While there has been growing media attention towards the recent public health challenges for migrant workers, more longstanding workers’ rights concerns have also been brought into the spotlight: wage discrimination; excessively long working hours; permanent temporary contracts; unjustified fees and obligatory wage deductions by employers or employment agencies (for food, healthcare, transport, accommodation); substandard housing conditions; intimidation; and refused or unpaid wages. Many of these concerns may be attributed to the flexibilization of the labour market and the expansion of non-standard forms of employment, including temporary and seasonal work, labour intermediation through recruitment agencies, and outsourcing and subcontracting arrangements. This growth of non-standard employment produces significant insecurity and instability for workers, placing them in a situation of subordination that allows employers to demand unconditional flexibility from workers, systematically prevents them from advancing to better contracts, and forces them into temporary employment situations where they are perpetually vulnerable to job loss. So, while COVID-19 has indeed introduced a host of new challenges and concerns, the underlying problems of unsafe work, economic insecurity, and dependency remain very much endemic to the structural economic vulnerabilities of migrant workers.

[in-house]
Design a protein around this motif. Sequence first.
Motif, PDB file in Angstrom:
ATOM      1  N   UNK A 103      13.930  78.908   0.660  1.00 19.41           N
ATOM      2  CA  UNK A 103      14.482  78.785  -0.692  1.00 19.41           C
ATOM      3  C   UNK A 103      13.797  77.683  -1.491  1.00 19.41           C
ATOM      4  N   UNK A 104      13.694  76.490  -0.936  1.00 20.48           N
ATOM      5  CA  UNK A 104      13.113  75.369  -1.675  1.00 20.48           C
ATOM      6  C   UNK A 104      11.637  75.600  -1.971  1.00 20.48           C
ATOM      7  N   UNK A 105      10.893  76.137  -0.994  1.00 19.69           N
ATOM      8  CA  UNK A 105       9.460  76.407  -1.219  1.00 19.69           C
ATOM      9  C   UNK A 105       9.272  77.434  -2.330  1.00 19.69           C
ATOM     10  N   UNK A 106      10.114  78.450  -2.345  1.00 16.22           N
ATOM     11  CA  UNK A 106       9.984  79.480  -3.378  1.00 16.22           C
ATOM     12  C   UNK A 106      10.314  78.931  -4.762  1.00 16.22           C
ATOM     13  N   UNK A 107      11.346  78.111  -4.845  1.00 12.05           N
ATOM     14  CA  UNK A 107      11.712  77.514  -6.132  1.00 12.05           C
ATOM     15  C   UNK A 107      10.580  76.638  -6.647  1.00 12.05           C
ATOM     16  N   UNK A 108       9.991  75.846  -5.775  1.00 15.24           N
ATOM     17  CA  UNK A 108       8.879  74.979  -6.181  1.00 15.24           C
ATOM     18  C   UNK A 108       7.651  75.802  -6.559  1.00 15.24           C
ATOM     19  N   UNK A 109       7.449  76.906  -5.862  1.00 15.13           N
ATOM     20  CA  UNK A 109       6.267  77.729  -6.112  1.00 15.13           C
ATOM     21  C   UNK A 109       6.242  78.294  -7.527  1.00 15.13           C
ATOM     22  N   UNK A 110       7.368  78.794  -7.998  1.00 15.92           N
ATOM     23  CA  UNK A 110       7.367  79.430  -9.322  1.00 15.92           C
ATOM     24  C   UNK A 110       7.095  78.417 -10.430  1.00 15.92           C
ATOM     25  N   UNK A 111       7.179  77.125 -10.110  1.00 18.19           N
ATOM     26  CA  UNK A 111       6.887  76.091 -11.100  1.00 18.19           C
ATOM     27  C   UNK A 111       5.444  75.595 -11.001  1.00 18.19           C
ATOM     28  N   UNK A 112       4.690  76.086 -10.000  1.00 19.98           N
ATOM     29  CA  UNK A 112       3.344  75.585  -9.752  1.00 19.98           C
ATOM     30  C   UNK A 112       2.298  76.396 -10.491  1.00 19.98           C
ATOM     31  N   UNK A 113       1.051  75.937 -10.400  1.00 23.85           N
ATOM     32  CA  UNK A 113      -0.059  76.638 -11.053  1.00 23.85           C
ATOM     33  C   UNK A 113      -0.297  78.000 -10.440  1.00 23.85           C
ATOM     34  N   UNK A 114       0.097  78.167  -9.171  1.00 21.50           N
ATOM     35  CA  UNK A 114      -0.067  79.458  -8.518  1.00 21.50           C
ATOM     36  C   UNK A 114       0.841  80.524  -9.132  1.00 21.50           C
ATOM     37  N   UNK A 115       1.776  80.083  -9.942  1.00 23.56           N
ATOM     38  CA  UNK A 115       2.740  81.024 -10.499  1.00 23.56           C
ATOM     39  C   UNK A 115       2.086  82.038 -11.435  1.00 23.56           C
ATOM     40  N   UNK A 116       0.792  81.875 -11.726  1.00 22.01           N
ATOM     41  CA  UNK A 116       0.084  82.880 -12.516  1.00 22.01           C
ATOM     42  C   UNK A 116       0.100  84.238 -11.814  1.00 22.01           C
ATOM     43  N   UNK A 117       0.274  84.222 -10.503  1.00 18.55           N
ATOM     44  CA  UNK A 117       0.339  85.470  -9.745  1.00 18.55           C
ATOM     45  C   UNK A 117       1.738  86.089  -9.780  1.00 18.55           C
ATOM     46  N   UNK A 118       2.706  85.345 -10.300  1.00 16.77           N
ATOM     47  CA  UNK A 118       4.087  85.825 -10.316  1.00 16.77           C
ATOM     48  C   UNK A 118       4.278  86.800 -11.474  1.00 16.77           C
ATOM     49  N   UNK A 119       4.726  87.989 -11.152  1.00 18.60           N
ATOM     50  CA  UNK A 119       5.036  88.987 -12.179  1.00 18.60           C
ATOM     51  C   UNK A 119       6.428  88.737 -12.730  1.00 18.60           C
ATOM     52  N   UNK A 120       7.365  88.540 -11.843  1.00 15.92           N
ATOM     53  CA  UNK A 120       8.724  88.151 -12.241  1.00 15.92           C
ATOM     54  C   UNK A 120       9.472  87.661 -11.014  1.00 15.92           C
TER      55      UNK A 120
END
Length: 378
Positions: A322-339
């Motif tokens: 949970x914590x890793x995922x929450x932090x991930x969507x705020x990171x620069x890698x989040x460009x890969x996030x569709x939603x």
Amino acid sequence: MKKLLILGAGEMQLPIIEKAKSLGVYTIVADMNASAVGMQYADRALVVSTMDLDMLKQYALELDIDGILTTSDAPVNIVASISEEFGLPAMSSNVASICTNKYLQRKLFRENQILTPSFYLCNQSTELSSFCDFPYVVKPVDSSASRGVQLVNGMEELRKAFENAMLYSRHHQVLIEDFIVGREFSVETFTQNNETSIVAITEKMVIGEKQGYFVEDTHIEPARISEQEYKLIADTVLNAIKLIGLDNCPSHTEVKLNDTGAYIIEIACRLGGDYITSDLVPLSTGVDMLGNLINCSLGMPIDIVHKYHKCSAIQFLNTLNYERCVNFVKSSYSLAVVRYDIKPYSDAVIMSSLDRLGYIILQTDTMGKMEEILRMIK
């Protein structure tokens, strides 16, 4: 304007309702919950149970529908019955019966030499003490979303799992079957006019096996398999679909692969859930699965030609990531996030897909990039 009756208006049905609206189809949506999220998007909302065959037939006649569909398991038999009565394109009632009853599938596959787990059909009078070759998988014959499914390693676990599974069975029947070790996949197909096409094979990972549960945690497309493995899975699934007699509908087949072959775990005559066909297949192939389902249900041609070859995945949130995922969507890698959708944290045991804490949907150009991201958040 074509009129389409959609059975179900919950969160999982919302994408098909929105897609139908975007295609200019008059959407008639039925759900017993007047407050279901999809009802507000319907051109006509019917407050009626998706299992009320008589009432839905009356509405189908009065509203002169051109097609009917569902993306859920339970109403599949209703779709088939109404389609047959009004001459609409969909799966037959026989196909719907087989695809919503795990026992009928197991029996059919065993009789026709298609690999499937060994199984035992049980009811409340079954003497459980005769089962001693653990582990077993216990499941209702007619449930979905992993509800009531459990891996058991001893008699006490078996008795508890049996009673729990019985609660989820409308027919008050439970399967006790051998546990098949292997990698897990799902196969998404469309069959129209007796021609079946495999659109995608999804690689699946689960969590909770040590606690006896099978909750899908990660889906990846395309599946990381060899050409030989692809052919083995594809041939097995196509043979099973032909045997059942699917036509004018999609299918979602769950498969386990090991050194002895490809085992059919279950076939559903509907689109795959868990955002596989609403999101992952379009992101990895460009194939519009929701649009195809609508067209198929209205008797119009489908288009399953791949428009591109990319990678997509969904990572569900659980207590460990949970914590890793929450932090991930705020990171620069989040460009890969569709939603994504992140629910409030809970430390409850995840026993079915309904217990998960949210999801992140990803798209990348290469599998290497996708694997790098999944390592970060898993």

migrant workers